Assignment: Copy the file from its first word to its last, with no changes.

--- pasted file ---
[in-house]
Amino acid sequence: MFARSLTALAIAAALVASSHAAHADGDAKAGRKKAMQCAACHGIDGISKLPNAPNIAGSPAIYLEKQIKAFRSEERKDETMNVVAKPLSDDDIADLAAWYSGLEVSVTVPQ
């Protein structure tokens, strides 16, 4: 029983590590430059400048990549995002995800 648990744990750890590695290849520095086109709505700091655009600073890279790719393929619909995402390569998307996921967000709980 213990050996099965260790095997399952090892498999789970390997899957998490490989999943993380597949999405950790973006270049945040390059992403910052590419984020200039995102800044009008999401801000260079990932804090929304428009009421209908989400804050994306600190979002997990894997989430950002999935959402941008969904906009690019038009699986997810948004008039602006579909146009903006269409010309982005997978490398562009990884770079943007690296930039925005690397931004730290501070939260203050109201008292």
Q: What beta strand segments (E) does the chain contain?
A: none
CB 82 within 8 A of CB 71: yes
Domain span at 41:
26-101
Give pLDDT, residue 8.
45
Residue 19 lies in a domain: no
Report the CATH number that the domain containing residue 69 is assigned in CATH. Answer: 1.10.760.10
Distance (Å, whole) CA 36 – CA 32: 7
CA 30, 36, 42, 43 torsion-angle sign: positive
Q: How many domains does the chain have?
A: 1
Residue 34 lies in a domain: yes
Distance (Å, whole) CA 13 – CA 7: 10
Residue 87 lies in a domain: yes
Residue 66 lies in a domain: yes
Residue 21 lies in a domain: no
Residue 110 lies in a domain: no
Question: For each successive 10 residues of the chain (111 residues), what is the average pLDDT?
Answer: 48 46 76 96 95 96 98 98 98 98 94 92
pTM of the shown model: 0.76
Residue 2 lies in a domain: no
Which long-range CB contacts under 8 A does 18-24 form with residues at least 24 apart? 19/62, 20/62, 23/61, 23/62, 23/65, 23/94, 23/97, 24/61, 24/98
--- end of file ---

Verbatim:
[in-house]
Amino acid sequence: MFARSLTALAIAAALVASSHAAHADGDAKAGRKKAMQCAACHGIDGISKLPNAPNIAGSPAIYLEKQIKAFRSEERKDETMNVVAKPLSDDDIADLAAWYSGLEVSVTVPQ
């Protein structure tokens, strides 16, 4: 029983590590430059400048990549995002995800 648990744990750890590695290849520095086109709505700091655009600073890279790719393929619909995402390569998307996921967000709980 213990050996099965260790095997399952090892498999789970390997899957998490490989999943993380597949999405950790973006270049945040390059992403910052590419984020200039995102800044009008999401801000260079990932804090929304428009009421209908989400804050994306600190979002997990894997989430950002999935959402941008969904906009690019038009699986997810948004008039602006579909146009903006269409010309982005997978490398562009990884770079943007690296930039925005690397931004730290501070939260203050109201008292």
Q: What beta strand segments (E) does the chain contain?
A: none
CB 82 within 8 A of CB 71: yes
Domain span at 41:
26-101
Give pLDDT, residue 8.
45
Residue 19 lies in a domain: no
Report the CATH number that the domain containing residue 69 is assigned in CATH. Answer: 1.10.760.10
Distance (Å, whole) CA 36 – CA 32: 7
CA 30, 36, 42, 43 torsion-angle sign: positive
Q: How many domains does the chain have?
A: 1
Residue 34 lies in a domain: yes
Distance (Å, whole) CA 13 – CA 7: 10
Residue 87 lies in a domain: yes
Residue 66 lies in a domain: yes
Residue 21 lies in a domain: no
Residue 110 lies in a domain: no
Question: For each successive 10 residues of the chain (111 residues), what is the average pLDDT?
Answer: 48 46 76 96 95 96 98 98 98 98 94 92
pTM of the shown model: 0.76
Residue 2 lies in a domain: no
Which long-range CB contacts under 8 A does 18-24 form with residues at least 24 apart? 19/62, 20/62, 23/61, 23/62, 23/65, 23/94, 23/97, 24/61, 24/98